Friday, October 19, 2012
Last night, after dinner, Dylan accompanied me on his upright bass while I worked on the chord progression for an Uncle Tupelo song. Gosh, he sounded great. The song I was working on is slow, and lent itself well to Dylan using a bow instead of plunking the strings.
Rhonda stood listening and smiling, until she announced it was getting near bedtime. Dylan walked to her and gave her a hug. He leaned back and looked at her with an impish little smile.
"Gosh, Mom, I'm sure getting taller than you."
"Yeah, well, I'll still kick your butt," she said.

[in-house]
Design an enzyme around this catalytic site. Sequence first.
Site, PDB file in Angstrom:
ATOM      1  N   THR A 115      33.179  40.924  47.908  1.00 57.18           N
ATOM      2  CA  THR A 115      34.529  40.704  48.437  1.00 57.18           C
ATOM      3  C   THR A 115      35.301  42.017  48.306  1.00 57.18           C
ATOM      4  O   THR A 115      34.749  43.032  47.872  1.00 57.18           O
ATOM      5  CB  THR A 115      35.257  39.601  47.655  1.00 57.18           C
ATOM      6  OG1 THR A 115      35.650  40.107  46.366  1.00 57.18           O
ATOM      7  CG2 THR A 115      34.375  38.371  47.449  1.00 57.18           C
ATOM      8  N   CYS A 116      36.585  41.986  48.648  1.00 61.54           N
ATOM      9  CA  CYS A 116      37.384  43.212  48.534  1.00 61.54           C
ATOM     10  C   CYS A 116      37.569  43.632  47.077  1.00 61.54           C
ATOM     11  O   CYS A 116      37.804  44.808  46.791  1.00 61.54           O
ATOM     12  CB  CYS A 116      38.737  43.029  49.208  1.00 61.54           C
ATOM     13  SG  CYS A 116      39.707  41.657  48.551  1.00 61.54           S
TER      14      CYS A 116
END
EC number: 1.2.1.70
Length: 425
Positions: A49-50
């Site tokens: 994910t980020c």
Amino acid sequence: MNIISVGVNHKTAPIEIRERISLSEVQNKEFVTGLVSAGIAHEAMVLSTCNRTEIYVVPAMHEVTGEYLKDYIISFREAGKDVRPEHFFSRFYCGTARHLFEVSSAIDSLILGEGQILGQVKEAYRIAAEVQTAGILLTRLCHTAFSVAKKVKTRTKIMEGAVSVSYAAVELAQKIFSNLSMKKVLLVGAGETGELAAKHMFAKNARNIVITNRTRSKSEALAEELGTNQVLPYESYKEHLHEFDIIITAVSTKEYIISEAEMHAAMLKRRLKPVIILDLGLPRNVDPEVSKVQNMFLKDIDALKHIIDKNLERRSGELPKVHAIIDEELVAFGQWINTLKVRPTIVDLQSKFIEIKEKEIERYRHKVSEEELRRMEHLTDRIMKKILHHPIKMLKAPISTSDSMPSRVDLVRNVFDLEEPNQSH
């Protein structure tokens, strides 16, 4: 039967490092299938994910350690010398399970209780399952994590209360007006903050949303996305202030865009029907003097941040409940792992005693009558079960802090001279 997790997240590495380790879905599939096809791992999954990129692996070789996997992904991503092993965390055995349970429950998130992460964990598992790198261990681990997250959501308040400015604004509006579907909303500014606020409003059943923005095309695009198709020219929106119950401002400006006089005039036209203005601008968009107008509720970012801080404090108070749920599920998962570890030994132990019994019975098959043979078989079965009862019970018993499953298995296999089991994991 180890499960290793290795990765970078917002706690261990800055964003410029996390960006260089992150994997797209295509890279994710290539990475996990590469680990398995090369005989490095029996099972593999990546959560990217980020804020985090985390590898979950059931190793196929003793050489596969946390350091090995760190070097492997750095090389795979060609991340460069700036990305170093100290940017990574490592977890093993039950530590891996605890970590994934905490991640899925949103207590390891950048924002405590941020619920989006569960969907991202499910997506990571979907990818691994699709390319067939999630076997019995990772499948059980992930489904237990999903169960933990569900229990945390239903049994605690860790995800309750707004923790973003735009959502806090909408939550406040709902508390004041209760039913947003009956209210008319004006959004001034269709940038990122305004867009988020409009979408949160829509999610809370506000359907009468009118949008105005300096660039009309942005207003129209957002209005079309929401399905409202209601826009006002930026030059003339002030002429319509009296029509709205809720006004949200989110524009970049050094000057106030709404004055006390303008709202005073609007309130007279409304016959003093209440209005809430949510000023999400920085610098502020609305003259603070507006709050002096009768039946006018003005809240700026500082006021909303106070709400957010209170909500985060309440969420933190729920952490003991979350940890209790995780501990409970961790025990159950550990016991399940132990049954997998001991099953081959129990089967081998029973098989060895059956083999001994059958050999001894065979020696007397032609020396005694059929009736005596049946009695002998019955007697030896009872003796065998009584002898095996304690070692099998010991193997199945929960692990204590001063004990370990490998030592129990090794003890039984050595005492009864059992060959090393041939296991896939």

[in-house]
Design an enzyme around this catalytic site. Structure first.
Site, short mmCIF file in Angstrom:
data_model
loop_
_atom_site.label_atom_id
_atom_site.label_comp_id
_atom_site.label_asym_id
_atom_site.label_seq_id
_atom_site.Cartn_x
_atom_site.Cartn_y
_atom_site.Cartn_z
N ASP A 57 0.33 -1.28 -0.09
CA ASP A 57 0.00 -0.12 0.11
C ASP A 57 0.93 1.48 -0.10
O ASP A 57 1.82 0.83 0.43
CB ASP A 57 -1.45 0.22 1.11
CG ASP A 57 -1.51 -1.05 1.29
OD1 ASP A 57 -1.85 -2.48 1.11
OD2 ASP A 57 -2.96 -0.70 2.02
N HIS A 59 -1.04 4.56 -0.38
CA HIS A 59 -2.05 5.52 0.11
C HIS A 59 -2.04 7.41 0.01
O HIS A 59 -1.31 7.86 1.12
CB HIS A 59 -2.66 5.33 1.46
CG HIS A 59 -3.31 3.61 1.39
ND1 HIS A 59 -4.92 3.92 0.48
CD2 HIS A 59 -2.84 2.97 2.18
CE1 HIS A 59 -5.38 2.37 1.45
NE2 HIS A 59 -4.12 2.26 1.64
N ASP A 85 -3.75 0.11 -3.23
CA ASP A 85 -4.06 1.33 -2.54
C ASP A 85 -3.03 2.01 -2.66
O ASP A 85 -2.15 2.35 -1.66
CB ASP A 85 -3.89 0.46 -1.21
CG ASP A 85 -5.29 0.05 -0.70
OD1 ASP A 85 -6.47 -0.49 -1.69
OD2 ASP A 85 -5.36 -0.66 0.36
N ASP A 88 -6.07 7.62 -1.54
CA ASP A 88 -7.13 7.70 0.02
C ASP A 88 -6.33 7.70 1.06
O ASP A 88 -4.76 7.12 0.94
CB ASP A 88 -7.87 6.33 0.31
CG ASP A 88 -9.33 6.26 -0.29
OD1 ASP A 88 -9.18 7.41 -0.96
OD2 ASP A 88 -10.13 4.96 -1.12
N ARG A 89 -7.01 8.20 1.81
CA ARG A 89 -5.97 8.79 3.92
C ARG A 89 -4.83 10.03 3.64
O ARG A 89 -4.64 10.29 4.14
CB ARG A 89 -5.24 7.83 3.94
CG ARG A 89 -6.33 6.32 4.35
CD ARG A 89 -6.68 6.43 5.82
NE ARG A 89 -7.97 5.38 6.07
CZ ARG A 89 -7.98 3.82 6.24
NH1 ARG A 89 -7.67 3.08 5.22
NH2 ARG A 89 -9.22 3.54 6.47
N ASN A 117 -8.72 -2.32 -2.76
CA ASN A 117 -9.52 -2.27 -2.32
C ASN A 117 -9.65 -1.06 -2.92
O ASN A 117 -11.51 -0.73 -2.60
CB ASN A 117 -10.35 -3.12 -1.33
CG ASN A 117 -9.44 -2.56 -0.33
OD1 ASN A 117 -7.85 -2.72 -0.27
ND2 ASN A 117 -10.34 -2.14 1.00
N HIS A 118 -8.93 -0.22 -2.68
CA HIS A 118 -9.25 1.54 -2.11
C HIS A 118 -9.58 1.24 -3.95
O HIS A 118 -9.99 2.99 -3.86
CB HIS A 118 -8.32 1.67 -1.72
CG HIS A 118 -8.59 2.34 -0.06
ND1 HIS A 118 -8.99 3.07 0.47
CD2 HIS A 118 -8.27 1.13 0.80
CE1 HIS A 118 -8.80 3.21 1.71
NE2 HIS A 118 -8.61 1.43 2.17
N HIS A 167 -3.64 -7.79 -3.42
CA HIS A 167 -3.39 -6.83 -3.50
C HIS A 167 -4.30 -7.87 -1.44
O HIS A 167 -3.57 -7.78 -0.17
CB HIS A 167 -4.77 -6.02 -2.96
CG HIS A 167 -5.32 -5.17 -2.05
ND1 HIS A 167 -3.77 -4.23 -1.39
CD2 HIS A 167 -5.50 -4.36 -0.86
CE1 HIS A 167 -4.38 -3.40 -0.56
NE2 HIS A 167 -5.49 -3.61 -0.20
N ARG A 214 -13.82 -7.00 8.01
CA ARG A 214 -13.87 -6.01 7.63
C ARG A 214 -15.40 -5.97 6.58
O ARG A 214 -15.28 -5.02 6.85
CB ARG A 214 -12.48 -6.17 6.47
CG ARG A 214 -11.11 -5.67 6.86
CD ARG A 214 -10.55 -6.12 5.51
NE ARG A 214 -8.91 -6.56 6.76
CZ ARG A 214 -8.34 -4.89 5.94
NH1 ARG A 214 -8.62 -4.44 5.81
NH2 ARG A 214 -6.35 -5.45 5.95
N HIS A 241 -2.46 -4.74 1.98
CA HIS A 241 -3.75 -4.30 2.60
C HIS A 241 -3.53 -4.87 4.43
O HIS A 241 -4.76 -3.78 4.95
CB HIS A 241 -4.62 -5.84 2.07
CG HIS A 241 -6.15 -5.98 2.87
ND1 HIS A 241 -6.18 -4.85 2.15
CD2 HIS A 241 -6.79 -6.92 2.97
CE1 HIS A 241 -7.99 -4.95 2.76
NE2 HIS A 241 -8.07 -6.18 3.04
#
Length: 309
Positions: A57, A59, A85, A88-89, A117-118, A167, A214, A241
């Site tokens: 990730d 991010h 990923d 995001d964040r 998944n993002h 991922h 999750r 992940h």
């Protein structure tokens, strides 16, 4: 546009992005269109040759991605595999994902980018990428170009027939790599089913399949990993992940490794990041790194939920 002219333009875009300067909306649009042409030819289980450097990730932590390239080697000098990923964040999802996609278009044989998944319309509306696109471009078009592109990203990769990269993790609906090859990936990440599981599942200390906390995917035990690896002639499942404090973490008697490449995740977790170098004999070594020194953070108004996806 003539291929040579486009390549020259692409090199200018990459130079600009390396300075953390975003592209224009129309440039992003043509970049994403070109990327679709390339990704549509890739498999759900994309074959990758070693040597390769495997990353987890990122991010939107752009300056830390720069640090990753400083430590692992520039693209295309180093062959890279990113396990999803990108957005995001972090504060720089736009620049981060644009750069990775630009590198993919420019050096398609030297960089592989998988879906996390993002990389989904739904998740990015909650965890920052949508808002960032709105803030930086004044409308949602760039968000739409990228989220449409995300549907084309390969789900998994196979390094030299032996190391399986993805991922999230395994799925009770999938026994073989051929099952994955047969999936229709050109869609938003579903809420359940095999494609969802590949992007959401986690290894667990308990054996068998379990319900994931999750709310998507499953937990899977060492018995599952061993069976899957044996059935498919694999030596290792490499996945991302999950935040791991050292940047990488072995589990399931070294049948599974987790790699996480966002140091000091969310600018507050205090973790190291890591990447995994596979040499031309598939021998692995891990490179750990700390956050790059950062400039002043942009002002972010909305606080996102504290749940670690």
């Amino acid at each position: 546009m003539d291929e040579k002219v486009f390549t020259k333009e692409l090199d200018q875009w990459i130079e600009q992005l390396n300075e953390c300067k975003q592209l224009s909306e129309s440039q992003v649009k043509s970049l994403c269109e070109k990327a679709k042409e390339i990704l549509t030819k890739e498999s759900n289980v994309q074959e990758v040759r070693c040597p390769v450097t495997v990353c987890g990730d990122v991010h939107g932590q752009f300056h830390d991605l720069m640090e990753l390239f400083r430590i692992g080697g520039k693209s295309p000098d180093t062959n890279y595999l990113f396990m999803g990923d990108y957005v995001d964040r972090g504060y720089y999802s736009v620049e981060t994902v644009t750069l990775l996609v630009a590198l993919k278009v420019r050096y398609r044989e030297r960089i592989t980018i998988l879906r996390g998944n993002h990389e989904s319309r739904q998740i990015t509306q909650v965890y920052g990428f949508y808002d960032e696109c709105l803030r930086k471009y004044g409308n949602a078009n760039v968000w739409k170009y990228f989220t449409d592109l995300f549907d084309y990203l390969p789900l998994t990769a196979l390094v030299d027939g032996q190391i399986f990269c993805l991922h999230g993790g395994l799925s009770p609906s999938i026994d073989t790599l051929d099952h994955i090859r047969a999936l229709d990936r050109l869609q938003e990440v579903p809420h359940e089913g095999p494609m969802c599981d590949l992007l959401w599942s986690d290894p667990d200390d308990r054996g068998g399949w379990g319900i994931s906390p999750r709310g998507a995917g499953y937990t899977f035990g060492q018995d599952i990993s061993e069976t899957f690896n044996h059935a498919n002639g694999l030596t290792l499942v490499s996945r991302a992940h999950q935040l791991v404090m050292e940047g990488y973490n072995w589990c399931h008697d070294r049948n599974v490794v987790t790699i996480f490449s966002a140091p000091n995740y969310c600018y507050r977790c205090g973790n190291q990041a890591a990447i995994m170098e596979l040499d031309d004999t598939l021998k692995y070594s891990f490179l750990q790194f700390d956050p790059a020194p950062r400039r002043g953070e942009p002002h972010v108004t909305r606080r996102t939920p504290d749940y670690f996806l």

She started throwing play punches at his chest and midsection until he collapsed in a chair, helpless with laughter.
The thing is, when Rhonda says, "I'll kick your butt," what we hear is, "You're acting like a booger, but I sure love you."
I took Dylan to school this morning, and during the drive, he repeated something he's said before: "I'm glad I don't have a boring mom." We laughed and swapped Mom stories until we wheeled into school.
I watched him walk into the campus, marveling at, indeed, how tall he's getting. I thought again about the mother of my son, how fun she is, and how easy she is to live beside.
As long as I don't forget the ice cream.
Sunday, October 14, 2012